This year marks the 100th anniversary of Scouting in the United States and in recognition of this important event the State Fair has agreed to the construction of a permanent Scout Camp exhibit at the Fairgrounds. In addition, on selected days during the Fair the Scouts will have an additional presence in several areas of the Fairgrounds including Main Street. Many of the activities that Scouts promote are directly related to the work that we do in the GIS community. Examples include orienteering, geocaching, environmental management, and much more.

IGIC has been invited to have a presence in the Scout Camp throughout the entire Fair in 2010 and, depending on the success of our efforts this year, to possibly having a permanent presence at the Fair. While we are still working out the details of our 2010 program, ideas currently being explored include developing an adventure activity that leads people around the Fairgrounds to learn about Indiana Agriculture, wildlife, science, etc and then has them come back to the BSA Scout Camp area to learn about Scouting. One possible element of this experience might include viewing the IndianaMap to see where Scout units are located around the state. We could also develop one or more activities that integrate various types of Scout craft (orienteering, map reading, plant identification, etc.) Scouts that complete these activities could earn credit for merit badge requirements. Another thought is that we could provide demonstrations on topics, tools, and skills that have relevance to GIS and geography as well as to Scouts. These demos could include how to use a GPS unit, how to do geocaching, etc. and could be offered both in the Scout Camp and in the Adventure Base area.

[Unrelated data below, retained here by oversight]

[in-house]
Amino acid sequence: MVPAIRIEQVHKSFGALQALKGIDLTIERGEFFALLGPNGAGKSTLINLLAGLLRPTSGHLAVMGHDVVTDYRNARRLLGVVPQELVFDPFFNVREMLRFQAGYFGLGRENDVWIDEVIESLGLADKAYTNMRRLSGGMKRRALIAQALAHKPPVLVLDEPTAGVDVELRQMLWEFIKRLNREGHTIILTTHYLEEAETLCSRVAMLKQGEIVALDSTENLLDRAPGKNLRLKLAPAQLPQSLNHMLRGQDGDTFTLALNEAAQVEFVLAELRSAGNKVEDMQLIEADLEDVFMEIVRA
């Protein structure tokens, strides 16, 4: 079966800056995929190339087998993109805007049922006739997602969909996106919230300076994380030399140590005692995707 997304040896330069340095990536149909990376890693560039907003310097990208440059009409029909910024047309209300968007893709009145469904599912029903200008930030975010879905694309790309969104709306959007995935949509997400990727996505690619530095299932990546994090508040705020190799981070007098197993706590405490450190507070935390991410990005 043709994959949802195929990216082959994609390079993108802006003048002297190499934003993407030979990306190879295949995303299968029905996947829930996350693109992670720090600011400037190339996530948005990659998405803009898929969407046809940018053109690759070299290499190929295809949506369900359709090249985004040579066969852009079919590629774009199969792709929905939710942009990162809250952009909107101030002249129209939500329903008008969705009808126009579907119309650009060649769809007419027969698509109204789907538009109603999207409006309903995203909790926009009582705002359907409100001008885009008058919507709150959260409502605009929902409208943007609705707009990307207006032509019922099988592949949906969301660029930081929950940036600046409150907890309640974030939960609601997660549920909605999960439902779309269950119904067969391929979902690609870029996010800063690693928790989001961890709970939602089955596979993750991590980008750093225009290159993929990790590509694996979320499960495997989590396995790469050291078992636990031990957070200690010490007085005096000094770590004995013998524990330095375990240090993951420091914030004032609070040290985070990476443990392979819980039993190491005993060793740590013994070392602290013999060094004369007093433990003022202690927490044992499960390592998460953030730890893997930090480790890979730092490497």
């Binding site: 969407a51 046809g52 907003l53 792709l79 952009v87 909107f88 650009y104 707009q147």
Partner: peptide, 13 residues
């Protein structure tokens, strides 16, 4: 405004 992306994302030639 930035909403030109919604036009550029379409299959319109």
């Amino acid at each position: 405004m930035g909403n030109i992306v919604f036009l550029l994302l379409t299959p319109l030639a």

The value to IGIC in being involved in this collaboration is clear. This will provide us with an opportunity to show those that we serve what the value of GIS is to them on a practical level. Not only do we have the potential to reach thousands of Indiana citizens, it is also reasonable to expect that many local politicians and members of the media will also have an opportunity to visit with IGIC members and to hear about what our work means to them.